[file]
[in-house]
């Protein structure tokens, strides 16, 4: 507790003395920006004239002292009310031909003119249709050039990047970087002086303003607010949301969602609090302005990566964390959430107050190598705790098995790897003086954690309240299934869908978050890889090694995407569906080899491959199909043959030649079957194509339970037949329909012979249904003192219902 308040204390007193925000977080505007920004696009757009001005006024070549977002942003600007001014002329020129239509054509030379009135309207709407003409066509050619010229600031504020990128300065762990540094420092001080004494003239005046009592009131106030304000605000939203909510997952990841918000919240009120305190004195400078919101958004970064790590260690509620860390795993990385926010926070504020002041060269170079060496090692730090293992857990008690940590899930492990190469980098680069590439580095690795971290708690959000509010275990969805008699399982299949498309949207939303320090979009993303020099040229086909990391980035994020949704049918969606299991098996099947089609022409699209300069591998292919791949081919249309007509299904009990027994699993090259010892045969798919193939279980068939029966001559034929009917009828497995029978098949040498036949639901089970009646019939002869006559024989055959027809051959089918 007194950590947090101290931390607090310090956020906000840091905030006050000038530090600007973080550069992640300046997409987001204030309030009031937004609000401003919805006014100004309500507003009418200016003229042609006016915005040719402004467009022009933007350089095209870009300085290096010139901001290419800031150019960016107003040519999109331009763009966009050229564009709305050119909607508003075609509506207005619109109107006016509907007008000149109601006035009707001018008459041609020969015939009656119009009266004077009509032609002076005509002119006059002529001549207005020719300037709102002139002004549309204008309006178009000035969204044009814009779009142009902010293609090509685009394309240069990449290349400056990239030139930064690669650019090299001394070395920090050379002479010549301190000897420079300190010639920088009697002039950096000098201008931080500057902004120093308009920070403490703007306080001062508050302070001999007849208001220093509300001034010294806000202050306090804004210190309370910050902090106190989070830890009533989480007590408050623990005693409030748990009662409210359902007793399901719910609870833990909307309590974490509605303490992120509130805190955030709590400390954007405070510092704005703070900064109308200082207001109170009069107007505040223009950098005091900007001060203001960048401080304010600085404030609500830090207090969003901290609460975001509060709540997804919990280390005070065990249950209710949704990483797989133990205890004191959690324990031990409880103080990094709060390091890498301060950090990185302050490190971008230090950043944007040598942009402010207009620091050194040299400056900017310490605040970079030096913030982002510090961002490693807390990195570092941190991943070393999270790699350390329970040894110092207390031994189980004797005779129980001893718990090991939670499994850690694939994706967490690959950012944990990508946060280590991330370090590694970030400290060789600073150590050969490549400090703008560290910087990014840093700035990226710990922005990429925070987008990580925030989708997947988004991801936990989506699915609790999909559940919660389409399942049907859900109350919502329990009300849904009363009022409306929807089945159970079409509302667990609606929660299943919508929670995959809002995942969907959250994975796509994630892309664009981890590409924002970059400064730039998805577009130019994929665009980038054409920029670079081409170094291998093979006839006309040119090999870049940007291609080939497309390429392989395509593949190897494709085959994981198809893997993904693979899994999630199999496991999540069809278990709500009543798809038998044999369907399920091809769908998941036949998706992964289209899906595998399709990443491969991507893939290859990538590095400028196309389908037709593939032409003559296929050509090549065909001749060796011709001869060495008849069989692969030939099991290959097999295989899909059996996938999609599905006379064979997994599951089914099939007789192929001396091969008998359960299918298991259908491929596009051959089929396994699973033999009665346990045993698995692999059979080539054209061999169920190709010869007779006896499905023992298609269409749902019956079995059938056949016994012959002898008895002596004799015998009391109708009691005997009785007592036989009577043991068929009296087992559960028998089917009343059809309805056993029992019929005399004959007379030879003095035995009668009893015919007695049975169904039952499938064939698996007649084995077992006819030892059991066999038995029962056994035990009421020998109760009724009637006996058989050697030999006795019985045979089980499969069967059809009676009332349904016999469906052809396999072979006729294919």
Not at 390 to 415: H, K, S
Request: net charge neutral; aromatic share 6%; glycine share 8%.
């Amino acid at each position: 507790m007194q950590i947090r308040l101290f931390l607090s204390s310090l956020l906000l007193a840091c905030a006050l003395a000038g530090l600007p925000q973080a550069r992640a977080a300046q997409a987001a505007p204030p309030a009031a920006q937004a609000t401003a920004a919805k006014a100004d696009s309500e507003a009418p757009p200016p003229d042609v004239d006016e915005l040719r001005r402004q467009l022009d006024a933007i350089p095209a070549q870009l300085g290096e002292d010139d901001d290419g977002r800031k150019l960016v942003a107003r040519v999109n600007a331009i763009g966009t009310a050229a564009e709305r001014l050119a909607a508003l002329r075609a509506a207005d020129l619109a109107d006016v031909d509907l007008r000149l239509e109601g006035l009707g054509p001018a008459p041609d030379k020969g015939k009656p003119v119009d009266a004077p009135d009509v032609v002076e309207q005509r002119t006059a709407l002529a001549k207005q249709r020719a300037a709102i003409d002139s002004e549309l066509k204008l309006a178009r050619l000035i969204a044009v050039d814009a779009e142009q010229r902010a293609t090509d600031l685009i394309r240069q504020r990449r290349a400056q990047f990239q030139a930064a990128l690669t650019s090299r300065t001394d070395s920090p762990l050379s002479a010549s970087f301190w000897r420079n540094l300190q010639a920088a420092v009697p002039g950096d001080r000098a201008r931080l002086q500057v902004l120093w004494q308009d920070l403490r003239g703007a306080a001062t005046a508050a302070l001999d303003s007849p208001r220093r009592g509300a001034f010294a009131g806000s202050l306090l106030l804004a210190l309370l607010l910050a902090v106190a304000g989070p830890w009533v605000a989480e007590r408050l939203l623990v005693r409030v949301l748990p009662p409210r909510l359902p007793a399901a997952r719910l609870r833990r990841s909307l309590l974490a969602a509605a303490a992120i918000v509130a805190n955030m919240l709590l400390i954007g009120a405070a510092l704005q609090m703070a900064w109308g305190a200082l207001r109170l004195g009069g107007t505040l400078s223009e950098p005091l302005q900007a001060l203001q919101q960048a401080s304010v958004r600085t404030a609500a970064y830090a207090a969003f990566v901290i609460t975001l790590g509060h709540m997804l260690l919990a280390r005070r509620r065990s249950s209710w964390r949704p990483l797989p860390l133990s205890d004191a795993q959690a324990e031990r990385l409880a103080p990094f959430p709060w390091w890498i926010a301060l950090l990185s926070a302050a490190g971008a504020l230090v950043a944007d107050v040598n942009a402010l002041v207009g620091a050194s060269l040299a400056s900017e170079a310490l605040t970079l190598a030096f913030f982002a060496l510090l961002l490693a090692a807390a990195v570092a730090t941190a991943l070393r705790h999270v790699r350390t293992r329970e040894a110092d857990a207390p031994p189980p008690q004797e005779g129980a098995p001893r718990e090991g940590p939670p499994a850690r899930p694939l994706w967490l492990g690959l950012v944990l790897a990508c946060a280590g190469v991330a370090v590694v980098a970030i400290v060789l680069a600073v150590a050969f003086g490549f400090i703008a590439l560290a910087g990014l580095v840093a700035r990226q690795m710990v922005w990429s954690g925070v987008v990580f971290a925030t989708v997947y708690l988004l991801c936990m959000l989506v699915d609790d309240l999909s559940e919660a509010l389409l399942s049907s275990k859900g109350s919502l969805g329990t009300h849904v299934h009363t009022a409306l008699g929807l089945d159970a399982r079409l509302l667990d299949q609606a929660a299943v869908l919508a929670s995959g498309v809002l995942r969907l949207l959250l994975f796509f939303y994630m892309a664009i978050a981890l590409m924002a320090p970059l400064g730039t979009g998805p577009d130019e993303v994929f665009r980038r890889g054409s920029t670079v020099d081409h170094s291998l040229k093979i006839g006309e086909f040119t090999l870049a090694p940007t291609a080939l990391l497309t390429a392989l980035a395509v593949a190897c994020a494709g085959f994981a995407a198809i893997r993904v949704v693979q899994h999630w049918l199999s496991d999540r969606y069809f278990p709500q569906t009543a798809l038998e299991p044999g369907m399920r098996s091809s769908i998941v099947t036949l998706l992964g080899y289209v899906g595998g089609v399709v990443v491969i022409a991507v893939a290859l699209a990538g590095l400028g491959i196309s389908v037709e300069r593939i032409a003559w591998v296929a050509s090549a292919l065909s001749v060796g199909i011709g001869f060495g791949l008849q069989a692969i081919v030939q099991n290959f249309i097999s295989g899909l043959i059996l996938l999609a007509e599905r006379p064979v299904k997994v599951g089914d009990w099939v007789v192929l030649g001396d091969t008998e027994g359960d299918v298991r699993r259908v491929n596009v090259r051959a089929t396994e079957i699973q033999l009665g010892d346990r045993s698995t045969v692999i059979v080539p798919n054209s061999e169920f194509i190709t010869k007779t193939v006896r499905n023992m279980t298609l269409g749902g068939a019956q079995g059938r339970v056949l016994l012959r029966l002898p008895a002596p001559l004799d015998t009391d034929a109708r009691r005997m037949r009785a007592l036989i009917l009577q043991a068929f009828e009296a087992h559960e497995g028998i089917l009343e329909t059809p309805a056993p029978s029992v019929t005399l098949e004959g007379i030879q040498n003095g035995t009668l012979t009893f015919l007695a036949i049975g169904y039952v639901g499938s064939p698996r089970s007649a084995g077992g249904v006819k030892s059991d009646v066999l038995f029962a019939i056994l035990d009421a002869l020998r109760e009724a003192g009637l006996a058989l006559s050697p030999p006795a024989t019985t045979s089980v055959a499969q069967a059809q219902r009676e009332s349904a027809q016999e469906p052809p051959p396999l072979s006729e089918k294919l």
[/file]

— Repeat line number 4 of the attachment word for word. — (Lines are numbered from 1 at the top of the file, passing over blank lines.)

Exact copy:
Request: net charge neutral; aromatic share 6%; glycine share 8%.